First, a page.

By Patrick T Neumann and Till Bücker, dpa
DUSSELDORF – A day-long strike began at Germany’s Dusseldorf airport early Friday morning, a spokesperson for the trade union Verdi confirmed.
The union called on the 700 employees of the baggage and aircraft handler Aviapartner to take part in the work stoppage, which began at 3:30 am (0230 GMT) and is scheduled to end at 0:30 am on Saturday morning.
Half of all flights at the airport have already been cancelled, the spokesperson said. In addition, there were delays.
According to the airport, a total of 290 flights were planned for Friday. Of these, 101 – about a third – were cancelled, airport spokesman Marcus Schaff told dpa in the morning. “However, since the airlines informed their passengers in advance about the cancellations and replacement offers, the situation in the terminal is calm and relaxed.”
The participation rate in the strike was around 90% in the morning, according to Verdi. “The participation is very good, the effects are as planned,” the Verdi spokesman said.
Aviapartner has a market share of about 75% at Dusseldorf Airport, he said. A total of up to 350 employees would normally be on duty on Friday. The airport is the largest in North Rhine Westphalia, Germany’s most populous state, and the third largest in Germany in terms of passenger volume.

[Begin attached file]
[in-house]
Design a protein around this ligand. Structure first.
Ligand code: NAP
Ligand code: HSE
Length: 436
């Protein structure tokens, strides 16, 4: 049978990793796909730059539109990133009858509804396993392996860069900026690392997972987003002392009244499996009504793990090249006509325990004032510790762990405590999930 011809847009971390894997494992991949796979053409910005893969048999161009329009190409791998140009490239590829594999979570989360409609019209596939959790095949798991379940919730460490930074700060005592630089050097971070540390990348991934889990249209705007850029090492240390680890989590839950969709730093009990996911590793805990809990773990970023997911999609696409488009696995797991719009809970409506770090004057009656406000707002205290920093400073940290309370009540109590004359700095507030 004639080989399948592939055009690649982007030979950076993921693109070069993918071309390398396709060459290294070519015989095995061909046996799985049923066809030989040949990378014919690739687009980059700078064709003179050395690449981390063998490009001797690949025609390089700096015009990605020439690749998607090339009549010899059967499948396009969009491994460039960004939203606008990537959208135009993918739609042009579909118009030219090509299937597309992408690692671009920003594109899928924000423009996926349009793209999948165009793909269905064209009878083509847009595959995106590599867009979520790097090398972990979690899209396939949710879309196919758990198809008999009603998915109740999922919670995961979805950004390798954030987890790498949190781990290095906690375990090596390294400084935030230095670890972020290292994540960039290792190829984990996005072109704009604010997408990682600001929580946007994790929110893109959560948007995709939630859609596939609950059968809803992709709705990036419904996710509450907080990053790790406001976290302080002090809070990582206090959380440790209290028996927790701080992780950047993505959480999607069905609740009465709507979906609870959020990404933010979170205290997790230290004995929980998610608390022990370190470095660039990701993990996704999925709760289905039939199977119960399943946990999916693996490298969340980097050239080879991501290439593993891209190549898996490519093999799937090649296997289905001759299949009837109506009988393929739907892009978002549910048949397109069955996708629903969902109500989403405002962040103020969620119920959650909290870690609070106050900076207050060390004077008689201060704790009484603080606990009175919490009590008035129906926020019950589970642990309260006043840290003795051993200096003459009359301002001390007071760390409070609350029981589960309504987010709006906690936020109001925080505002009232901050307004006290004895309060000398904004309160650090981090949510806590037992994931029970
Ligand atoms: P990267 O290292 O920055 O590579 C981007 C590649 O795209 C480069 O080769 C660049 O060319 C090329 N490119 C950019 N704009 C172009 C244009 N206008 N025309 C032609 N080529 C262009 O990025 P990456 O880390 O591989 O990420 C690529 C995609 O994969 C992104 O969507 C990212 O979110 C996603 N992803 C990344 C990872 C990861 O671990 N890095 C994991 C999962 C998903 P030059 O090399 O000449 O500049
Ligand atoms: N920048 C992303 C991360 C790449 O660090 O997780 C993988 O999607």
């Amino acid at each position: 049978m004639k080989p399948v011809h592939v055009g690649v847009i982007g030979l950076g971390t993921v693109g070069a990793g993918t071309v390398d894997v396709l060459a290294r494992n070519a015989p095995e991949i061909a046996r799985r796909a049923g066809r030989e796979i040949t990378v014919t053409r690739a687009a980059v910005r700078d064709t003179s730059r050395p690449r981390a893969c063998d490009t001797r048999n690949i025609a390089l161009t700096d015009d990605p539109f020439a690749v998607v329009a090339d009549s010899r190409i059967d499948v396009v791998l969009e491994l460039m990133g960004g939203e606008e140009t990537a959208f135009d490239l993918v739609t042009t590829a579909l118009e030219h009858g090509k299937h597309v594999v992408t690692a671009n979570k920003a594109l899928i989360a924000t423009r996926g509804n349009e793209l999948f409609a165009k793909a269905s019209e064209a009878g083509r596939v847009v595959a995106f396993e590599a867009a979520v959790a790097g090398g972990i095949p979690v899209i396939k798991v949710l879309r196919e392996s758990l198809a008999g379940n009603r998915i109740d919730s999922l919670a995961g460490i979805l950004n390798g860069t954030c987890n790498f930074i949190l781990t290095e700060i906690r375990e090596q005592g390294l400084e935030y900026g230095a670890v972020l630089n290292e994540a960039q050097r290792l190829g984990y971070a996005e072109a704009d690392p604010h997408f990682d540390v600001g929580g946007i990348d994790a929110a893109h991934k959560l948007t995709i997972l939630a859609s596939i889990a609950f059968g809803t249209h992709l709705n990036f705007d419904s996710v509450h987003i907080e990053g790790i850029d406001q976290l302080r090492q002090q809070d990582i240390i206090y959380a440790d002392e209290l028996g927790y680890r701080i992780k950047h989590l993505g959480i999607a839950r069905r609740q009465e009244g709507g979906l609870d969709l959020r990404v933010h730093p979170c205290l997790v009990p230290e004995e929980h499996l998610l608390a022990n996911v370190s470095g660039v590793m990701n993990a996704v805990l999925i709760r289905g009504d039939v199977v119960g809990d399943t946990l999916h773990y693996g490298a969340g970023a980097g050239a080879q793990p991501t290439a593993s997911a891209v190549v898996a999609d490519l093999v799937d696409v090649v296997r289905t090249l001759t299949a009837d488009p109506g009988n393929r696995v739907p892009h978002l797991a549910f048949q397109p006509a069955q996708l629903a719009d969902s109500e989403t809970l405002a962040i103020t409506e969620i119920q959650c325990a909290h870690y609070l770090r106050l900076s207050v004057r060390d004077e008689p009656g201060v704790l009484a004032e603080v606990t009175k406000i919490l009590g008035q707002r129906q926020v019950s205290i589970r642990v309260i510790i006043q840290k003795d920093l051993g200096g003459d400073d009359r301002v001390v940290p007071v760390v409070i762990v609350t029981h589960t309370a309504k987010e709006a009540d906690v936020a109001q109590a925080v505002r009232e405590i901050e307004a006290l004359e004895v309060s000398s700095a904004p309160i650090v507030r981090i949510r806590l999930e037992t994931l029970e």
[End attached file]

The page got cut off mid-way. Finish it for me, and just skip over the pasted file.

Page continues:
The reason for the strike is a new contract for handling services, in which Aviapartner did not win. According to Verdi, 700 jobs are at risk. Aviapartner is now refusing a welfare plan with severance pay for the workers threatened with job losses.
One of the new service providers at Dusseldorf Airport will be WISAG from April 1. Since the announcement of the licence decision at the end of December, the company has been “intensively preparing for its start at the largest airport in NRW [North Rhine Westphalia],” WISAG announced on Friday.
Already on Wednesday, strikes in Berlin by employees of the airport company, ground services and aviation security brought passenger traffic at BER Airport to a standstill. With the action, Verdi wanted to increase the pressure on the employers’ side before the next negotiations.
“Obviously, Verdi has discovered German airports as a media-effective stage for strike actions,” Ralph Beisel, chief executive of the airport association ADV, said on Friday.
He said it was irresponsible for the second major airport in Germany to be subjected to a day-long strike within a week. “When an entire region is cut off from international air traffic, this no longer has anything to do with a warning strike,” Beisel said.